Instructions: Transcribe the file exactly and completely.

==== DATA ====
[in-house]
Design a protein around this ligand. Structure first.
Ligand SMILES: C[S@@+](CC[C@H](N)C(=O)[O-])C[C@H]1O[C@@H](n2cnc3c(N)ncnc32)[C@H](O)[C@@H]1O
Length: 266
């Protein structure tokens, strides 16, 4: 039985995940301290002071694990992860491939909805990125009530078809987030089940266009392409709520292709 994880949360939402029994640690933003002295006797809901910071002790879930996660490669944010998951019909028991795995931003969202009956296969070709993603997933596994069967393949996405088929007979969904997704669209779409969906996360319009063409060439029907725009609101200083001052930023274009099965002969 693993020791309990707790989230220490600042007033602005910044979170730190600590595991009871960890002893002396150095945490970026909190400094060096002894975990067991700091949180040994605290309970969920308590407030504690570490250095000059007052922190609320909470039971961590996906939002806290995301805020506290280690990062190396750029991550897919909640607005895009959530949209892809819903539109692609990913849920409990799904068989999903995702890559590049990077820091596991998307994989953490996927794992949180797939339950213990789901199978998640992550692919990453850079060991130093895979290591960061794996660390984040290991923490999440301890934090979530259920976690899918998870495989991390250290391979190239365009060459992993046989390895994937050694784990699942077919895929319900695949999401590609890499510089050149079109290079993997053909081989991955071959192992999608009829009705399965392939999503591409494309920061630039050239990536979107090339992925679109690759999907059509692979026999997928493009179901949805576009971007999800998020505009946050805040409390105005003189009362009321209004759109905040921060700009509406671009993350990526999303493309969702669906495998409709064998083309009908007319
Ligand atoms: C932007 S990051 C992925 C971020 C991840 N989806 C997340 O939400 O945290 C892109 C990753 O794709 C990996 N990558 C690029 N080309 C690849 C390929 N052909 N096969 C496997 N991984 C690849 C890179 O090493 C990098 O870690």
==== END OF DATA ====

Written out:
[in-house]
Design a protein around this ligand. Structure first.
Ligand SMILES: C[S@@+](CC[C@H](N)C(=O)[O-])C[C@H]1O[C@@H](n2cnc3c(N)ncnc32)[C@H](O)[C@@H]1O
Length: 266
């Protein structure tokens, strides 16, 4: 039985995940301290002071694990992860491939909805990125009530078809987030089940266009392409709520292709 994880949360939402029994640690933003002295006797809901910071002790879930996660490669944010998951019909028991795995931003969202009956296969070709993603997933596994069967393949996405088929007979969904997704669209779409969906996360319009063409060439029907725009609101200083001052930023274009099965002969 693993020791309990707790989230220490600042007033602005910044979170730190600590595991009871960890002893002396150095945490970026909190400094060096002894975990067991700091949180040994605290309970969920308590407030504690570490250095000059007052922190609320909470039971961590996906939002806290995301805020506290280690990062190396750029991550897919909640607005895009959530949209892809819903539109692609990913849920409990799904068989999903995702890559590049990077820091596991998307994989953490996927794992949180797939339950213990789901199978998640992550692919990453850079060991130093895979290591960061794996660390984040290991923490999440301890934090979530259920976690899918998870495989991390250290391979190239365009060459992993046989390895994937050694784990699942077919895929319900695949999401590609890499510089050149079109290079993997053909081989991955071959192992999608009829009705399965392939999503591409494309920061630039050239990536979107090339992925679109690759999907059509692979026999997928493009179901949805576009971007999800998020505009946050805040409390105005003189009362009321209004759109905040921060700009509406671009993350990526999303493309969702669906495998409709064998083309009908007319
Ligand atoms: C932007 S990051 C992925 C971020 C991840 N989806 C997340 O939400 O945290 C892109 C990753 O794709 C990996 N990558 C690029 N080309 C690849 C390929 N052909 N096969 C496997 N991984 C690849 C890179 O090493 C990098 O870690």